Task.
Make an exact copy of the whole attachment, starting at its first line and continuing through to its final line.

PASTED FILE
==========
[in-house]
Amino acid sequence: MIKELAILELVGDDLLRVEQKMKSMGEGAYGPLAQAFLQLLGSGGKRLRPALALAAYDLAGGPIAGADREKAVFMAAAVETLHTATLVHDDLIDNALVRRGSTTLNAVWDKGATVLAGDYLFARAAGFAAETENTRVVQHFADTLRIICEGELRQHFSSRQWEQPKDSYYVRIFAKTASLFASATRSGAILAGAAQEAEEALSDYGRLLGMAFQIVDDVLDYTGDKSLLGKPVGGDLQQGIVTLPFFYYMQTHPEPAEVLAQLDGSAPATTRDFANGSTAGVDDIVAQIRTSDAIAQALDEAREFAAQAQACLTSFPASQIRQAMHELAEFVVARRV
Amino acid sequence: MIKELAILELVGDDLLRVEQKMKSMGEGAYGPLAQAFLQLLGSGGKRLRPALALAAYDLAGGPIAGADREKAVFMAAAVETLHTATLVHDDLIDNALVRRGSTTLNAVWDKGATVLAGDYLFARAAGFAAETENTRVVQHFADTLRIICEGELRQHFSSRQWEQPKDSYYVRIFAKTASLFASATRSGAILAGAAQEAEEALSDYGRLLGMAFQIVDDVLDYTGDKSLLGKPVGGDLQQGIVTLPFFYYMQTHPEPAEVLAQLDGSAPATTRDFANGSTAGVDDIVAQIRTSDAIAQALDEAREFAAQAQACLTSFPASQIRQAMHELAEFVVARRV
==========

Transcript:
[in-house]
Amino acid sequence: MIKELAILELVGDDLLRVEQKMKSMGEGAYGPLAQAFLQLLGSGGKRLRPALALAAYDLAGGPIAGADREKAVFMAAAVETLHTATLVHDDLIDNALVRRGSTTLNAVWDKGATVLAGDYLFARAAGFAAETENTRVVQHFADTLRIICEGELRQHFSSRQWEQPKDSYYVRIFAKTASLFASATRSGAILAGAAQEAEEALSDYGRLLGMAFQIVDDVLDYTGDKSLLGKPVGGDLQQGIVTLPFFYYMQTHPEPAEVLAQLDGSAPATTRDFANGSTAGVDDIVAQIRTSDAIAQALDEAREFAAQAQACLTSFPASQIRQAMHELAEFVVARRV
Amino acid sequence: MIKELAILELVGDDLLRVEQKMKSMGEGAYGPLAQAFLQLLGSGGKRLRPALALAAYDLAGGPIAGADREKAVFMAAAVETLHTATLVHDDLIDNALVRRGSTTLNAVWDKGATVLAGDYLFARAAGFAAETENTRVVQHFADTLRIICEGELRQHFSSRQWEQPKDSYYVRIFAKTASLFASATRSGAILAGAAQEAEEALSDYGRLLGMAFQIVDDVLDYTGDKSLLGKPVGGDLQQGIVTLPFFYYMQTHPEPAEVLAQLDGSAPATTRDFANGSTAGVDDIVAQIRTSDAIAQALDEAREFAAQAQACLTSFPASQIRQAMHELAEFVVARRV